Rock Creek Biographies & Photos|
from Rock Creek Presbyterian Church
Christian Heritage 175 years, Menard Co. IL. 1997, The Book Committee.---This includes a reprint
of ROCK CREEK, A Retrospect of One Hundred Years, by Alice Keach Bone,
written ca 1922.
Elihu Bone was born in Iredell County, North Carolina, in 1795, coming with his parents to middle Tennessee when very young. Here he spent his boyhood days.
At the age of 17 years he volunteered, and served under General Jackson in the War of 1812.
He was married to Nancy Brown Warnick 18 1815, in Wilson county, Tennessee, and in 1824 came to Menard County, Illinois, being one of the first settlers in that section of the county.
He took up a claim on the south side of the timber which fringed the small stream called Rock Creek and built a comfortable two-story log house there, and afterwards a large two story frame house, which is still standing.
From time to time he purchased more land until he had secured a thousand acres.
"Being a wheelwright by trade and very handy with tools, he made spinning wheels, weaving looms and other appliances for the manufacture of their own wearing apparel, bed clothing, carpets, etc., not only for his own family but for the nearby settlers as well. He also built a cotton gin for custom work, for, coming from the South, the first settlers had grown cotton and tobacco; but they soon discovered that wheat, corn, oats and livestock were far more profitable in this section."
Elihu Bone was a man of sound judgment and served his generation well in both civic and religious affairs. He was Justice of the Peace for many years, and was a member of Menard County's first grand jury, which held its sessions under the shad of a big tree; he was a member of the Illinois Legislature, 1842.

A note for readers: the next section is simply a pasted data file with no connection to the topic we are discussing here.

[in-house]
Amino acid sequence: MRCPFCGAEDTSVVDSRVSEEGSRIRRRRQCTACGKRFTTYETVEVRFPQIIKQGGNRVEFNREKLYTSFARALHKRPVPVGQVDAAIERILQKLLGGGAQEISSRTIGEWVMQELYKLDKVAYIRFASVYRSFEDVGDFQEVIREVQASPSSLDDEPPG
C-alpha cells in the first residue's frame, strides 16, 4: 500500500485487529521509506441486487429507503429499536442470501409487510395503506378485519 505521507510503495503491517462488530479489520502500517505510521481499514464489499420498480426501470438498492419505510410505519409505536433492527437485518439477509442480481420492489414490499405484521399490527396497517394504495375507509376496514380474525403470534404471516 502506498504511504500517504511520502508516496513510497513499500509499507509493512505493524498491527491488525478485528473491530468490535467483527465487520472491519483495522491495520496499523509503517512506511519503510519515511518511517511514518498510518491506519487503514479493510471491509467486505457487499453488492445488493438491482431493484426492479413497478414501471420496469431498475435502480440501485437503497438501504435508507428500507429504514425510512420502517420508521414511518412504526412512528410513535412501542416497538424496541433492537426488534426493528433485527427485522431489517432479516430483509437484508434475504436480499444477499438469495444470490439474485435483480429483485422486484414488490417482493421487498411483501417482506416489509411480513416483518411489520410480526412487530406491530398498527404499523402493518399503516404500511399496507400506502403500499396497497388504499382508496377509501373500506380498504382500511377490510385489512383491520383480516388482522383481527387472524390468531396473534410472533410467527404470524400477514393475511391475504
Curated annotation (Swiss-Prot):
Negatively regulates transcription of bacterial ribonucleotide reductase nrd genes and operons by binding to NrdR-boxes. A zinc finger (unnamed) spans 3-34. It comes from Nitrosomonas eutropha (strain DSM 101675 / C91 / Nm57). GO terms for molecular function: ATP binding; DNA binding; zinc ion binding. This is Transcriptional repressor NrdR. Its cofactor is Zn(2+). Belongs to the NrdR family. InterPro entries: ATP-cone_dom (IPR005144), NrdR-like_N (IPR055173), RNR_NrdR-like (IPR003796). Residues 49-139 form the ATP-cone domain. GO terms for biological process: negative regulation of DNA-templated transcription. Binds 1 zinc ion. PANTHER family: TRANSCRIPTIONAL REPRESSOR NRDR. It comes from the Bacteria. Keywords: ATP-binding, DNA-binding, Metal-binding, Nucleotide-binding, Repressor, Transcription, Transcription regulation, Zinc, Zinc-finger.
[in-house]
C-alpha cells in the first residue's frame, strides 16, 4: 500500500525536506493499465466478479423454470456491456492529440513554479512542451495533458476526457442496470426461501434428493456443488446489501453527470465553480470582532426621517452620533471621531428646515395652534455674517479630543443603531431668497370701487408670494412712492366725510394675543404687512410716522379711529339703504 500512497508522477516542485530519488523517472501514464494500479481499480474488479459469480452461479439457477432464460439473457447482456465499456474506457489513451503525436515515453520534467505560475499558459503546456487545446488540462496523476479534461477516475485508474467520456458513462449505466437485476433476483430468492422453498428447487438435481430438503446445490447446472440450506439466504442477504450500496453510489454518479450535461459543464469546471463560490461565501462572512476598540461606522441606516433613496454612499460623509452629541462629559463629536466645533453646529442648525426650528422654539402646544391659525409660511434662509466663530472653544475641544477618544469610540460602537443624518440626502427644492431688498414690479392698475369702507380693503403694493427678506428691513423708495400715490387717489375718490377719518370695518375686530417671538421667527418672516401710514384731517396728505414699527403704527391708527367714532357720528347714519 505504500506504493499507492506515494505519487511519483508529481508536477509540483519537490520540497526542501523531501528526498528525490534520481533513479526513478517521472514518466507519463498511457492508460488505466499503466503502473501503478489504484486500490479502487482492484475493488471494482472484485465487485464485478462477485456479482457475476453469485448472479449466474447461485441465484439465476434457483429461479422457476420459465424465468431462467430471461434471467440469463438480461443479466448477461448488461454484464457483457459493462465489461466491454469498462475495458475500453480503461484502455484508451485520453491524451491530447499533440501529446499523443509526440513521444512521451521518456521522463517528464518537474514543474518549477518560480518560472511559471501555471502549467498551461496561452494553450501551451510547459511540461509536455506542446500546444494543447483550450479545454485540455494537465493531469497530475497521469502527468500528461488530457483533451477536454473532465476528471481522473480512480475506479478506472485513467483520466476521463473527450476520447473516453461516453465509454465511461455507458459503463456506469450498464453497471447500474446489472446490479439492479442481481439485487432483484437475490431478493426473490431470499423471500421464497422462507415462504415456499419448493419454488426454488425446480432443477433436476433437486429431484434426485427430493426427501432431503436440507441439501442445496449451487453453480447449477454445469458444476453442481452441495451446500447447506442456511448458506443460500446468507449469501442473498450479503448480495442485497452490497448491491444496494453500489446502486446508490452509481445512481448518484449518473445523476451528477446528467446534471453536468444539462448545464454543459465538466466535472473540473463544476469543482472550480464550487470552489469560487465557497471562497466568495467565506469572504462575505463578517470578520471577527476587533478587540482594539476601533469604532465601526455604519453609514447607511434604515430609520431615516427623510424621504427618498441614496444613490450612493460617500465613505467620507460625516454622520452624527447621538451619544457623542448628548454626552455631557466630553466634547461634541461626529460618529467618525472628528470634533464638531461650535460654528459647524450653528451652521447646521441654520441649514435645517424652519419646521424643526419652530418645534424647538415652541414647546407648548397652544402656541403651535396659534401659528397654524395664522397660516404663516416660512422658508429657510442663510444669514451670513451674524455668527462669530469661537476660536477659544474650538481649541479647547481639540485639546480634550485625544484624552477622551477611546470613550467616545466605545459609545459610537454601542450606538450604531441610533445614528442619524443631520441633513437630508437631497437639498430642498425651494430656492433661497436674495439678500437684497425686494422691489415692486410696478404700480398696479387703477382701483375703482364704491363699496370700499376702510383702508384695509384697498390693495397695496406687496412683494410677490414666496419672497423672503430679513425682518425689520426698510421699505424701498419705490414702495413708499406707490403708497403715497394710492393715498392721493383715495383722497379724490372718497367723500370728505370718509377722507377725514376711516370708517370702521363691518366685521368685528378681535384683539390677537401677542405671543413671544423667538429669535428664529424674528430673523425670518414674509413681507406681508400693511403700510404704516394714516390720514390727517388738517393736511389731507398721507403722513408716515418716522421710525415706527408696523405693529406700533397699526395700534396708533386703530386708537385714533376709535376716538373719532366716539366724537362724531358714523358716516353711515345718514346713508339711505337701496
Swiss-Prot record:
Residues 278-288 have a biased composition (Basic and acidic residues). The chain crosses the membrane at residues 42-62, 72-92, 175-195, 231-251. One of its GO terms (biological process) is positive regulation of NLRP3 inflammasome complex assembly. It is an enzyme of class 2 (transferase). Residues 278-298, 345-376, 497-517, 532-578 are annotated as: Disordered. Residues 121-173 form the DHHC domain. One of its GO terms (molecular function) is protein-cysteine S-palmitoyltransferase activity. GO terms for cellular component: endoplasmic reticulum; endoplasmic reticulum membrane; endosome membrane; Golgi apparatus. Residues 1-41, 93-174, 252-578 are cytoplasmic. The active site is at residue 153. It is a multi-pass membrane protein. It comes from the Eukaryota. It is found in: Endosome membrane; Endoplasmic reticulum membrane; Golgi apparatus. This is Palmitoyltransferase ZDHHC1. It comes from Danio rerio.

His wife was one of God's noble women, and she and her husband were mainstays in the church. Her home was always a home for the ministers and a welcome was extended to all who passed within its doors. Her cheerful and hopeful Christian character was a blessing to those around her.
Elihu Bone was elected to the office of ruling elder upon uniting with the church 1824, which office he held until his death in 1857. He, his son and his grandson, served as elders almost one hundred years.
His sons, Robert, John, William, Thomas and Elephalet took an active part in the affairs of the community. As to church matters the mantle of Elihu Bone fell upon Robert and Thomas.
Two of his daughters grew to womanhood. Harriet married Robert Perkins, and Elizabeth, a man named White.
Elihu Bone                                         Nancy Brown Warnick Bone
Submitted by Marjorie Grebner Welsch